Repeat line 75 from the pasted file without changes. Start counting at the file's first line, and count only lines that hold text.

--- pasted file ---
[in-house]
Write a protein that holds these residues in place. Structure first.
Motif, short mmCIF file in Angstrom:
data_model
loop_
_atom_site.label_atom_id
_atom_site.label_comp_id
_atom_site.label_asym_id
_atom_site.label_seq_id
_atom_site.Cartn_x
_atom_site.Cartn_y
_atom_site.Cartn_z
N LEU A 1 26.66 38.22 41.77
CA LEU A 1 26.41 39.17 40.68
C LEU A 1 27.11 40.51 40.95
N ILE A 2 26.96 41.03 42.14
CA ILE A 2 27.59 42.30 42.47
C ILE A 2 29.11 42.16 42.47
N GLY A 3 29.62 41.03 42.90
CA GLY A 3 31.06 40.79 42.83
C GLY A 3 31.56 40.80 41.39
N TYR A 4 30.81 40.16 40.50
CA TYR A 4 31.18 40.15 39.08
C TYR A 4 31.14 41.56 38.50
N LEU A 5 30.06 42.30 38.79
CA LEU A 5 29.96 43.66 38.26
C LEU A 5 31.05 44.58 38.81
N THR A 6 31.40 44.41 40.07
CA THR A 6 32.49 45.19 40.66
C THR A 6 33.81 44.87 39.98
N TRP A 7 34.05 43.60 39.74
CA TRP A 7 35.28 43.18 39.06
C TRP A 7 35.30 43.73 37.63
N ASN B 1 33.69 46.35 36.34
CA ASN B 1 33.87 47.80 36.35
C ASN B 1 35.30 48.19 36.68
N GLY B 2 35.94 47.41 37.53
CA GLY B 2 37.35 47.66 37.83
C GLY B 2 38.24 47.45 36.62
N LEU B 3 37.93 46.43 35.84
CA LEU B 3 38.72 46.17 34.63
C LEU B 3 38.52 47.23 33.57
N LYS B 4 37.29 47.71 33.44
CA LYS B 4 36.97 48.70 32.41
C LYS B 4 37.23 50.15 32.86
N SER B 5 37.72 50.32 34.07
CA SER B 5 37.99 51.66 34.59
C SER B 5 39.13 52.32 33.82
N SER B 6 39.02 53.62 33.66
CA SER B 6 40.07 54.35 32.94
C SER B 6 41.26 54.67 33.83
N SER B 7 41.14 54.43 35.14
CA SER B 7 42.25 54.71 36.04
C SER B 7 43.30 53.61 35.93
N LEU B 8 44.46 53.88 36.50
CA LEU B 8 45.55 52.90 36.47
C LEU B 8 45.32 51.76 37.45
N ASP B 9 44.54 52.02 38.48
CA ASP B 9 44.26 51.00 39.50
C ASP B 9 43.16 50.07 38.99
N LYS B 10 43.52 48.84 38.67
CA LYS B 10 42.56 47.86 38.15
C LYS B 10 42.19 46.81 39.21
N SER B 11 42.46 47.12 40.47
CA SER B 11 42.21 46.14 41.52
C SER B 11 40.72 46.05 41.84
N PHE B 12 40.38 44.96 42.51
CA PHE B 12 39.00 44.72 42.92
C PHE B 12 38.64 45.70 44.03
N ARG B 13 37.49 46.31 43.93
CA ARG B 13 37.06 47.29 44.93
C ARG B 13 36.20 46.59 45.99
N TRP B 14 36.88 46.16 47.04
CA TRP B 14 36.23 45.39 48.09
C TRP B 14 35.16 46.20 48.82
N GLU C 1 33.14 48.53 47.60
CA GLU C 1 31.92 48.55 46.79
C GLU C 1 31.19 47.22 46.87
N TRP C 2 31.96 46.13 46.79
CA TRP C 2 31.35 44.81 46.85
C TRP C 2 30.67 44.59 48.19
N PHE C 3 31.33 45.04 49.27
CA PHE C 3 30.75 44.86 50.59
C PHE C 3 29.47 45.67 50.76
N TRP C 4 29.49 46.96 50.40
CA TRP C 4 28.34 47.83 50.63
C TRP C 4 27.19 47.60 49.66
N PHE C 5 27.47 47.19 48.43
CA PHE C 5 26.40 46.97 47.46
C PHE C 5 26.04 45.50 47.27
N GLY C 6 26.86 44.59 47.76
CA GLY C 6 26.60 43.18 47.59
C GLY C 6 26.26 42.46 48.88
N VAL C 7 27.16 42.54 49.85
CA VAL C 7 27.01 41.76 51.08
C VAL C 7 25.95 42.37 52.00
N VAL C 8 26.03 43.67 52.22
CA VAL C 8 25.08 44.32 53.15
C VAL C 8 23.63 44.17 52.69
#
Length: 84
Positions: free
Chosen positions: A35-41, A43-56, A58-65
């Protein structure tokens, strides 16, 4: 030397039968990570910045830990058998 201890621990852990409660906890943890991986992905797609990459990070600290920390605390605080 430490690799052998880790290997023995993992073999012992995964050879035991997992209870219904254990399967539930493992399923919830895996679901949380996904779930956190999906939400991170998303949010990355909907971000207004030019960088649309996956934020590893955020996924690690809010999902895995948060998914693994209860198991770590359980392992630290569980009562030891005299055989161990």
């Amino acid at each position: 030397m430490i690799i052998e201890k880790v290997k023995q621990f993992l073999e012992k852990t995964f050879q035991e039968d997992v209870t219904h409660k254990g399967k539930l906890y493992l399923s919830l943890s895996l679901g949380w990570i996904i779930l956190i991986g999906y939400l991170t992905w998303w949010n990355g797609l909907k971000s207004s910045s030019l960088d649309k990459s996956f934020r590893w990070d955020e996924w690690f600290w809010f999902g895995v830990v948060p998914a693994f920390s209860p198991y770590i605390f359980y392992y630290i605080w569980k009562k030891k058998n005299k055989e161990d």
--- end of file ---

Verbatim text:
C TRP B 14 35.16 46.20 48.82